Dual-Space Analysis of the Sparse Linear Model

Part of Advances in Neural Information Processing Systems 25 (NIPS 2012)

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Yi Wu, David Wipf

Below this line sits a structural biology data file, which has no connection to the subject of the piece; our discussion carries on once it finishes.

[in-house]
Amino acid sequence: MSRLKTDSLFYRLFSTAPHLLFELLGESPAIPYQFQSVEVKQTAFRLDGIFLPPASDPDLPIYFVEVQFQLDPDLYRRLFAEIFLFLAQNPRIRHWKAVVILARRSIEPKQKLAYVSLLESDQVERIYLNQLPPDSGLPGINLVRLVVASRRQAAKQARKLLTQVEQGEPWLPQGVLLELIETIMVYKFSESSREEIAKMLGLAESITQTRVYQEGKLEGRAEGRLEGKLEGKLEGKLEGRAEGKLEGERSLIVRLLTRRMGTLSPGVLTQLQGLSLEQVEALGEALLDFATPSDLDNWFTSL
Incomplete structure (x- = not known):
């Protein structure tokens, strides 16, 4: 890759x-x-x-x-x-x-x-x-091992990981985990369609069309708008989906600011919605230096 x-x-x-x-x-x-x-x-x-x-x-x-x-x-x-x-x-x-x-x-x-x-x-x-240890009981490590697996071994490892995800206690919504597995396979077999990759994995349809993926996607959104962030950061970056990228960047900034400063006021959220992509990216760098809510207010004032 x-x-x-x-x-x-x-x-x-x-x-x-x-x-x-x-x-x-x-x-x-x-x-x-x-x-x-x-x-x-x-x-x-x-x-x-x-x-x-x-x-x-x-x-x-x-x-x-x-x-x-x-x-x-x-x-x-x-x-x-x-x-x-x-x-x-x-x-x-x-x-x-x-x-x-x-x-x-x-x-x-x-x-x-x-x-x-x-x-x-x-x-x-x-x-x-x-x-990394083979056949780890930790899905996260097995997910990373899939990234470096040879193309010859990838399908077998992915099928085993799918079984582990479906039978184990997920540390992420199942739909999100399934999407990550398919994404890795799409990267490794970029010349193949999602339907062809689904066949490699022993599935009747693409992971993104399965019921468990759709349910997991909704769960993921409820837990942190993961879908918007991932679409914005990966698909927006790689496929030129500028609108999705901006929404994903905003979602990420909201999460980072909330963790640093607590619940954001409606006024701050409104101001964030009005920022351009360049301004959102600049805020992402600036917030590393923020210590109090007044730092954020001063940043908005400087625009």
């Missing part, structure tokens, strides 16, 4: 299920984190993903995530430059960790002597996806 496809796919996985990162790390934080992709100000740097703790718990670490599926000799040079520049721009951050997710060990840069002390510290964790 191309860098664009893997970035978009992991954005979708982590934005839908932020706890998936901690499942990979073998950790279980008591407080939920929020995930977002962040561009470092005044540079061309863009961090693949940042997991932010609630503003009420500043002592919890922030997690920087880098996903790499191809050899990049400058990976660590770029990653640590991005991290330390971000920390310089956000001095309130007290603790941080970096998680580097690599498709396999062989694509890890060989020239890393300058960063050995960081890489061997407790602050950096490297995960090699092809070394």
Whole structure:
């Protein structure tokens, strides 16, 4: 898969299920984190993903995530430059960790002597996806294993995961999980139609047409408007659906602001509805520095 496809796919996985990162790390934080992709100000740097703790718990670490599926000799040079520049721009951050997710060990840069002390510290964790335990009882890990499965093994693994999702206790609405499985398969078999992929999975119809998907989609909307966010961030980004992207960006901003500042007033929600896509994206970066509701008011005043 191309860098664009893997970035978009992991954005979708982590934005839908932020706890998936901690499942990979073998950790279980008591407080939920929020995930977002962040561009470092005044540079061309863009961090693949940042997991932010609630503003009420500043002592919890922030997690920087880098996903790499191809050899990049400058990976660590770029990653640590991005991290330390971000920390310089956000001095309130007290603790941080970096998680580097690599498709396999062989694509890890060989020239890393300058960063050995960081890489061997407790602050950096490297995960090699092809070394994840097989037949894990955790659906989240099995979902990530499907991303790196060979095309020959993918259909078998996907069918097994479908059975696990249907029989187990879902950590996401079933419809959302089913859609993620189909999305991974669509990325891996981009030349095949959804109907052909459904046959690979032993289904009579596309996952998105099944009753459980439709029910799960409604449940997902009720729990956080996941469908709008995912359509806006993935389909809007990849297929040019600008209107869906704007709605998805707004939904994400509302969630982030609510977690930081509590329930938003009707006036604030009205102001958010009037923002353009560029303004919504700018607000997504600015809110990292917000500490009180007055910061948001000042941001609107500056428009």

Sparse linear (or generalized linear) models combine a standard likelihood function with a sparse prior on the unknown coefficients. These priors can conveniently be expressed as a maximization over zero-mean Gaussians with different variance hyperparameters. Standard MAP estimation (Type I) involves maximizing over both the hyperparameters and coefficients, while an empirical Bayesian alternative (Type II) first marginalizes the coefficients and then maximizes over the hyperparameters, leading to a tractable posterior approximation. The underlying cost functions can be related via a dual-space framework from Wipf et al. (2011), which allows both the Type I or Type II objectives to be expressed in either coefficient or hyperparmeter space. This perspective is useful because some analyses or extensions are more conducive to development in one space or the other. Herein we consider the estimation of a trade-off parameter balancing sparsity and data fit. As this parameter is effectively a variance, natural estimators exist by assessing the problem in hyperparameter (variance) space, transitioning natural ideas from Type II to solve what is much less intuitive for Type I. In contrast, for analyses of update rules and sparsity properties of local and global solutions, as well as extensions to more general likelihood models, we can leverage coefficient-space techniques developed for Type I and apply them to Type II. For example, this allows us to prove that Type II-inspired techniques can be successful recovering sparse coefficients when unfavorable restricted isometry properties (RIP) lead to failure of popular L1 reconstructions. It also facilitates the analysis of Type II when non-Gaussian likelihood models lead to intractable integrations.